locks = Collections.unmodifiableMap(tmp);//read-only view ensures no modifications will happen after it is initialized making this thread-safe
}


public Object getLock(ActivityIdentifier actID){
    return locks.get(actID);
}
share|improve this answer
    
This would work pretty well for me. The ActivityIdentifier objects are actually a set of predefined static final objects, while the DatabaseIdentifier objects are not. So every time I generate a new DatabaseIdentifier object I could easily set up all the activity locks. –  Jeff Goldberg Nov 2 '11 at 19:50
    
There is one issue here with your code. return locks.puIfAbsent(actID,new Object()); Will return null if the Thread succeeded in the put. Otherwise +1 –  John Vint Nov 2 '11 at 19:54
    
@JohnVint I fixed it with some kludging ;) –  ratchet freak Nov 2 '11 at 20:08
2  
Could ActivityIdentifier actually be an enum? If so, you could use a (pre-filled) EnumMap inside the DatabaseIdentifier, which is about as fast and compact as a map gets. –  Tom Anderson Nov 2 '11 at 21:07
    
@TomAnderson and read-only access doesn't need to be synchronized –  ratchet freak Nov 2 '11 at 21:12

I think you should go the way of the hashmap, but encapsulate that in a flyweight factory. Ie, you call:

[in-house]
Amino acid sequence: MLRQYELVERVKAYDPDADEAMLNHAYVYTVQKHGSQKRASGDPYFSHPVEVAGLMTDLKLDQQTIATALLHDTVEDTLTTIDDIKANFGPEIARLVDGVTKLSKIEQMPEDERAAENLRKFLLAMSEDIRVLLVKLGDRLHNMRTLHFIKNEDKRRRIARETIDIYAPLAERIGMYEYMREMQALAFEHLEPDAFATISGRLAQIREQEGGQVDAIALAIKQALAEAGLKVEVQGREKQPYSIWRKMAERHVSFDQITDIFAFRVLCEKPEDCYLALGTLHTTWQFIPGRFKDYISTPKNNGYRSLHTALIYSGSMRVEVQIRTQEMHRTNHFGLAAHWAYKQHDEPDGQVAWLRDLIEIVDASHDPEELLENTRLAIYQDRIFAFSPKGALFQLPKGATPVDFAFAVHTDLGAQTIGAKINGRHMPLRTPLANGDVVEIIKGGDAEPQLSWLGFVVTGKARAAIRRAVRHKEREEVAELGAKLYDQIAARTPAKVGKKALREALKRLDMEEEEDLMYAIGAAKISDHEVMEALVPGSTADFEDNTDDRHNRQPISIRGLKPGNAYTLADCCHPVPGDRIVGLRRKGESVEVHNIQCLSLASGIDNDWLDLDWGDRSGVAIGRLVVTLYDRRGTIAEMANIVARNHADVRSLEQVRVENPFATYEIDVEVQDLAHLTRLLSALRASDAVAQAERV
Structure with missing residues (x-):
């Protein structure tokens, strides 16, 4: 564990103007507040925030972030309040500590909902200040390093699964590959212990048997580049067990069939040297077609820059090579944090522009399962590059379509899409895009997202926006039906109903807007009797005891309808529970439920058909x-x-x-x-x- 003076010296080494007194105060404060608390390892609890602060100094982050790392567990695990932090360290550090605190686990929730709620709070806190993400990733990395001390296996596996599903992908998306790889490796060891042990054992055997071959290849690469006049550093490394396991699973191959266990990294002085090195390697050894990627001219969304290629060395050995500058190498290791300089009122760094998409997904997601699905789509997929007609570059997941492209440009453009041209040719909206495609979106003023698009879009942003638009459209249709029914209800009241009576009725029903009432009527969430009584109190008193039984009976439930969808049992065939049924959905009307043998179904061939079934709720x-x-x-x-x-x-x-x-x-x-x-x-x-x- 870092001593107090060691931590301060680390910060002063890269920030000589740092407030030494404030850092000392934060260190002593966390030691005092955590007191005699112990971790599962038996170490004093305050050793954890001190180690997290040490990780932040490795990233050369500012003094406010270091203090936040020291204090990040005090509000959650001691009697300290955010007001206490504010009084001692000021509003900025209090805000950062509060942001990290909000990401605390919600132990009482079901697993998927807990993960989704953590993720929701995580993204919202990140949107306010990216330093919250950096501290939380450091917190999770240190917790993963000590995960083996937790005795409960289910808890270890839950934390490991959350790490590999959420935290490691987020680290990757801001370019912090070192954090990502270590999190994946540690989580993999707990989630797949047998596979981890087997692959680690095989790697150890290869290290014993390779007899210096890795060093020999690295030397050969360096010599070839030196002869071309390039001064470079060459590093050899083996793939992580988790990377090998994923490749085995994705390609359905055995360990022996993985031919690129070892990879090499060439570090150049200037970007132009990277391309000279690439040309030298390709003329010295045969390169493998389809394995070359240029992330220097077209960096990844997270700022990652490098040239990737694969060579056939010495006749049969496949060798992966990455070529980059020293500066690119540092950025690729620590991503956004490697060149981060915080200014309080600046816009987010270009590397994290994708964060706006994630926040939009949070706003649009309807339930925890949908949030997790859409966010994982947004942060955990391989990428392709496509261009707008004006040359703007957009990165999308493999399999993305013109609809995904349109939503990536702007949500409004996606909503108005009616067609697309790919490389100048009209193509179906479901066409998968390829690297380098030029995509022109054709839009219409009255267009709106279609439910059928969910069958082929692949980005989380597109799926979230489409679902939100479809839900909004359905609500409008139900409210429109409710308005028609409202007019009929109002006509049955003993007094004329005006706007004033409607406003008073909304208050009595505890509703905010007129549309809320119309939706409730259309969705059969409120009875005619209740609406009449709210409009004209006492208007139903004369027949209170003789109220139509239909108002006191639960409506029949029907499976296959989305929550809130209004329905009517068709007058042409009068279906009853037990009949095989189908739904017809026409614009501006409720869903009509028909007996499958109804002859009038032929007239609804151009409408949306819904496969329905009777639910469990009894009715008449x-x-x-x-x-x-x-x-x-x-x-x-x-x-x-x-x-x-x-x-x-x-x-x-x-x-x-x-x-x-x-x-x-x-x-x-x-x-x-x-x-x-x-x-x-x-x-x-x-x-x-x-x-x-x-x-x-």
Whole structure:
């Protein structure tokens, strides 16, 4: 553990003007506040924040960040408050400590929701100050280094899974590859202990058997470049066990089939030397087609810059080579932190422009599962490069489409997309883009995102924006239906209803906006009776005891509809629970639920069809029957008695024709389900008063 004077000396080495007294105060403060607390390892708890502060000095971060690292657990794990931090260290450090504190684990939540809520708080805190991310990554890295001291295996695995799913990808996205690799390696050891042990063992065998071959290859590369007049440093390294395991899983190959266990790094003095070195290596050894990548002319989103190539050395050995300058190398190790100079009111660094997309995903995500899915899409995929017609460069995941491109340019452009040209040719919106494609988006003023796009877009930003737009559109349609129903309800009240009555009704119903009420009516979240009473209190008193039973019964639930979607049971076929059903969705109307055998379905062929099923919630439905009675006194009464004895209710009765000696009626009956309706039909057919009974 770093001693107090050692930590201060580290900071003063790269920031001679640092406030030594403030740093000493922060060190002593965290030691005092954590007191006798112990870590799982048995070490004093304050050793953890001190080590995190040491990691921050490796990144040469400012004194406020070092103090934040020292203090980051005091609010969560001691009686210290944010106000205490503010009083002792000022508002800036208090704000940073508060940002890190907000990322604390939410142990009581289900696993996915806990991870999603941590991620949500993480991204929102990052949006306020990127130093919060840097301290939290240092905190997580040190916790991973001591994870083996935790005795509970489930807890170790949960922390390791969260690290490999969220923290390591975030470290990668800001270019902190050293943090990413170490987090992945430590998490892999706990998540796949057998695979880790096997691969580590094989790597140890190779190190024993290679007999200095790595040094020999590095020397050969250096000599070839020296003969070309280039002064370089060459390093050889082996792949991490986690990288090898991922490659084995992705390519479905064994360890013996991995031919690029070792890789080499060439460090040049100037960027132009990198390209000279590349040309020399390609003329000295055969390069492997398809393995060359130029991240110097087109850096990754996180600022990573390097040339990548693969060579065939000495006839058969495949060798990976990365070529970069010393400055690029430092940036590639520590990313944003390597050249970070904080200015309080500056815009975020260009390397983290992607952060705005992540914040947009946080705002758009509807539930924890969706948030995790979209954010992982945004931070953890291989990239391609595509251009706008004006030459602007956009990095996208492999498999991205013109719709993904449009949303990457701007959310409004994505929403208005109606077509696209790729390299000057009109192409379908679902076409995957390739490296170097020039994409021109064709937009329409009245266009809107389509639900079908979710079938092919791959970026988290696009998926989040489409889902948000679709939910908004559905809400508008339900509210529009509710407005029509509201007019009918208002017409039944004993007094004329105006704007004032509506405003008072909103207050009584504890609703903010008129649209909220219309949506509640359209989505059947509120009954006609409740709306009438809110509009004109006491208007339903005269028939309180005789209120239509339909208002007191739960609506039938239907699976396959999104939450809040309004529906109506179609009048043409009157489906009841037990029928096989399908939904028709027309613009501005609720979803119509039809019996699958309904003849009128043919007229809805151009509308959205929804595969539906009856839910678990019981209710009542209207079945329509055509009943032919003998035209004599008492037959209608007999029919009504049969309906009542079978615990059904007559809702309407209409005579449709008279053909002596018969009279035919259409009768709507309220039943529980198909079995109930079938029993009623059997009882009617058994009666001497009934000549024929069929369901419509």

FlyweightAllObjectsLock lockObj = FlyweightAllObjectsLock.newInstance(dbID, actID);

Then lock on that object. The flyweight factory can get a read lock on the map to see if the key is in there, and only do a write lock if it is not. It should reduce the concurrency factor.

You might also want to look into using weak references on that map as well, to avoid keeping memory from garbage collection.

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Doesn't the flyweight factory have to solve exactly the lock contention problem that prompted Jeffrey to ask this question? Isn't this just wrapping the problem in a layer of abstraction? –  Tom Anderson Nov 2 '11 at 19:33
    
@TomAnderson He said "I could create a hashmap...", and I'm just saying he should go that way. I do suggest he uses a read lock with the hashmap, which should decrease contention. –  Daniel C. Sobral Nov 2 '11 at 19:40

I can't think of a way to do this that really captures your idea of locking a pair of objects. Some low-level concurrency boffin might be able to invent one, but i have my doubts about whether we would have the necessary primitives to implement it in Java.

I think the idea of using the pairs as keys to identify lock objects is a good one. If you want to avoid locking, then arrange the lookup so that it doesn't do any.

I would suggest a two-level map, vaguely like:

Map<DatabaseIdentifier, Map<ActivityIdentifier, Lock>> locks;

Used vaguely thus:

synchronized (locks.get(databaseIdentifier).get(activityIdentifier)) {
    performSpecificActivityOnDatabase();
}

If you know what all the databases and activities are upfront, then just create a perfectly normal map containing all the combinations when your application starts up, and use it exactly as above. The only locking is on the lock objects, and there is no contention.

If you don't know what the databases and activities will be, or there are too many combinations to create a complete map upfront, then you will need to create the map incrementally. This is where Concurrency Fun Times begin.

The straightforward solution is to lazily create the inner maps and the locks, and to protect these actions with normal locks:

Map<ActivityIdentifier, Object> locksForDatabase;
synchronized (locks) {